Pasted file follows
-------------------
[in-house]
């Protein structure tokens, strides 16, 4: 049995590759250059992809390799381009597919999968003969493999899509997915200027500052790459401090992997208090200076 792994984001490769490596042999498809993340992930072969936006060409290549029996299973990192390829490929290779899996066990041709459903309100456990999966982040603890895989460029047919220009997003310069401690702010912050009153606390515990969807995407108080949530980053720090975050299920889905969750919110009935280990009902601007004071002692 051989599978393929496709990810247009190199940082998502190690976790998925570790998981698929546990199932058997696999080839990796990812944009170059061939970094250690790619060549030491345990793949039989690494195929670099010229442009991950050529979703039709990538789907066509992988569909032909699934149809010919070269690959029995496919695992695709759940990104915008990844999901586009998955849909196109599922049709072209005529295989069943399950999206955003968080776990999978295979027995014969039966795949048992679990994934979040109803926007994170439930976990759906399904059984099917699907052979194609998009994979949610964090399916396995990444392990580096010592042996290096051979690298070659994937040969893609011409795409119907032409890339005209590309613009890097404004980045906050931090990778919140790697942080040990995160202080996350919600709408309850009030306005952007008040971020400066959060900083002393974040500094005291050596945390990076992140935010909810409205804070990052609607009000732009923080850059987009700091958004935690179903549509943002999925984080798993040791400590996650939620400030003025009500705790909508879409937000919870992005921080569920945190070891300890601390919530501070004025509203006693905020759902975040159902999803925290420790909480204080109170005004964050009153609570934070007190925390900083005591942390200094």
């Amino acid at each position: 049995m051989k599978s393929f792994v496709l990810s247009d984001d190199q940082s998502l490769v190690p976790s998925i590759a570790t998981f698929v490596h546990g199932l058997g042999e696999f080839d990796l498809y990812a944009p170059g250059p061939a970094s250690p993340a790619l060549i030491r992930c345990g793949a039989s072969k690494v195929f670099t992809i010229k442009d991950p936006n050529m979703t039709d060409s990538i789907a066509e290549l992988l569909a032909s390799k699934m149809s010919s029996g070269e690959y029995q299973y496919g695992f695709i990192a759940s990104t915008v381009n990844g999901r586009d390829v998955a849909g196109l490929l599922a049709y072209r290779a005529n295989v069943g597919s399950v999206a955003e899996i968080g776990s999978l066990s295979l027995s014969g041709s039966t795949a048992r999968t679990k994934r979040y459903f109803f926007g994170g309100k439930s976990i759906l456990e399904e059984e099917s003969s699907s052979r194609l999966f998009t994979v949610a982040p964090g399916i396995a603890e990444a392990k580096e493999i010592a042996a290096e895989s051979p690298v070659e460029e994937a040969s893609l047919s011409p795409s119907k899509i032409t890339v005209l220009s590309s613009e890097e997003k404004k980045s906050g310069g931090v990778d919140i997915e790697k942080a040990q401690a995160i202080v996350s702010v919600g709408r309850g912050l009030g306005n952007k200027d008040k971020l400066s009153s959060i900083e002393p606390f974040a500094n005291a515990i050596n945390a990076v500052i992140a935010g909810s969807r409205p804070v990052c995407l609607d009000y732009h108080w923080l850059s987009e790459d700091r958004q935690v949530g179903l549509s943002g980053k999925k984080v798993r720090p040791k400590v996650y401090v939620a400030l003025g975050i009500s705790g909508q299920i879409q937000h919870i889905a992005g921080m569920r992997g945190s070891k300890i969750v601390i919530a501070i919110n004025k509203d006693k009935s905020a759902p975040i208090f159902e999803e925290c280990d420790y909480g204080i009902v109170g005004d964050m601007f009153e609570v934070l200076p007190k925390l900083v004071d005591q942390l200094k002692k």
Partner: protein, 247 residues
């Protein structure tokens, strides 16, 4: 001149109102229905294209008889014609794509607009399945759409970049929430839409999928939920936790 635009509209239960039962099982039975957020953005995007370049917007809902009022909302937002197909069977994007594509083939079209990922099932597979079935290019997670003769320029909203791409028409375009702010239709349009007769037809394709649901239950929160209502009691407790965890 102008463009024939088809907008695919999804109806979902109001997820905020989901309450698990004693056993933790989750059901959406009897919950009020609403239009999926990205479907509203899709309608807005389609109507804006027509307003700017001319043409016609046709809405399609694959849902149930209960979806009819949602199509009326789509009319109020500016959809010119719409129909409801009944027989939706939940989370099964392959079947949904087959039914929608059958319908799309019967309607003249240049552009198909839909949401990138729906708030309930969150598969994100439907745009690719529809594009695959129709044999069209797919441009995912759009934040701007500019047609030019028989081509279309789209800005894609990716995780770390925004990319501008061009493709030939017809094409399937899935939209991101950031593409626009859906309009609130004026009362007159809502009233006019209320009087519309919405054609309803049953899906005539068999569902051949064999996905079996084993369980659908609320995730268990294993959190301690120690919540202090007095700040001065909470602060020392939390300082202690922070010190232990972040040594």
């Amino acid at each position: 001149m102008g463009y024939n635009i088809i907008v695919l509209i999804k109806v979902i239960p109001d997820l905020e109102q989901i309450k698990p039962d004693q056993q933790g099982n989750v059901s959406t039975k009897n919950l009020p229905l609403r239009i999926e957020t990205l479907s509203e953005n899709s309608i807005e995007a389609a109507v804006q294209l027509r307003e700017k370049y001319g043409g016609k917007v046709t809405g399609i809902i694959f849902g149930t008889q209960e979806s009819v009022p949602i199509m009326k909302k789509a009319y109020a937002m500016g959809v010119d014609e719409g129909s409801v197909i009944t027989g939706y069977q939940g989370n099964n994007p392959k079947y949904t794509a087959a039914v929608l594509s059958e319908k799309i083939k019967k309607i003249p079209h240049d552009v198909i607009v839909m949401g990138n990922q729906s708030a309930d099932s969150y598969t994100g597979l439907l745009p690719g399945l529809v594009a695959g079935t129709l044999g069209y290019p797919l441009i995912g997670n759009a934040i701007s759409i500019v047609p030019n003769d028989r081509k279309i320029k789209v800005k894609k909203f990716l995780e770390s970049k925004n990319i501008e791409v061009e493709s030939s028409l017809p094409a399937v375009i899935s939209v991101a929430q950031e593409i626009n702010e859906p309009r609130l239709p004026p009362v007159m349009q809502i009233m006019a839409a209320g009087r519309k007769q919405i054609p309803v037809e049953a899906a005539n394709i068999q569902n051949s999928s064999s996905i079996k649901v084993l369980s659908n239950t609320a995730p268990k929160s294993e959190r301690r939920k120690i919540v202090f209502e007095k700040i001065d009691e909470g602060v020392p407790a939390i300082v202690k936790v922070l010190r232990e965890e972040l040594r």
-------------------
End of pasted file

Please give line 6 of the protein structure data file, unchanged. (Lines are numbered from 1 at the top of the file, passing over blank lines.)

């Amino acid at each position: 001149m102008g463009y024939n635009i088809i907008v695919l509209i999804k109806v979902i239960p109001d997820l905020e109102q989901i309450k698990p039962d004693q056993q933790g099982n989750v059901s959406t039975k009897n919950l009020p229905l609403r239009i999926e957020t990205l479907s509203e953005n899709s309608i807005e995007a389609a109507v804006q294209l027509r307003e700017k370049y001319g043409g016609k917007v046709t809405g399609i809902i694959f849902g149930t008889q209960e979806s009819v009022p949602i199509m009326k909302k789509a009319y109020a937002m500016g959809v010119d014609e719409g129909s409801v197909i009944t027989g939706y069977q939940g989370n099964n994007p392959k079947y949904t794509a087959a039914v929608l594509s059958e319908k799309i083939k019967k309607i003249p079209h240049d552009v198909i607009v839909m949401g990138n990922q729906s708030a309930d099932s969150y598969t994100g597979l439907l745009p690719g399945l529809v594009a695959g079935t129709l044999g069209y290019p797919l441009i995912g997670n759009a934040i701007s759409i500019v047609p030019n003769d028989r081509k279309i320029k789209v800005k894609k909203f990716l995780e770390s970049k925004n990319i501008e791409v061009e493709s030939s028409l017809p094409a399937v375009i899935s939209v991101a929430q950031e593409i626009n702010e859906p309009r609130l239709p004026p009362v007159m349009q809502i009233m006019a839409a209320g009087r519309k007769q919405i054609p309803v037809e049953a899906a005539n394709i068999q569902n051949s999928s064999s996905i079996k649901v084993l369980s659908n239950t609320a995730p268990k929160s294993e959190r301690r939920k120690i919540v202090f209502e007095k700040i001065d009691e909470g602060v020392p407790a939390i300082v202690k936790v922070l010190r232990e965890e972040l040594r």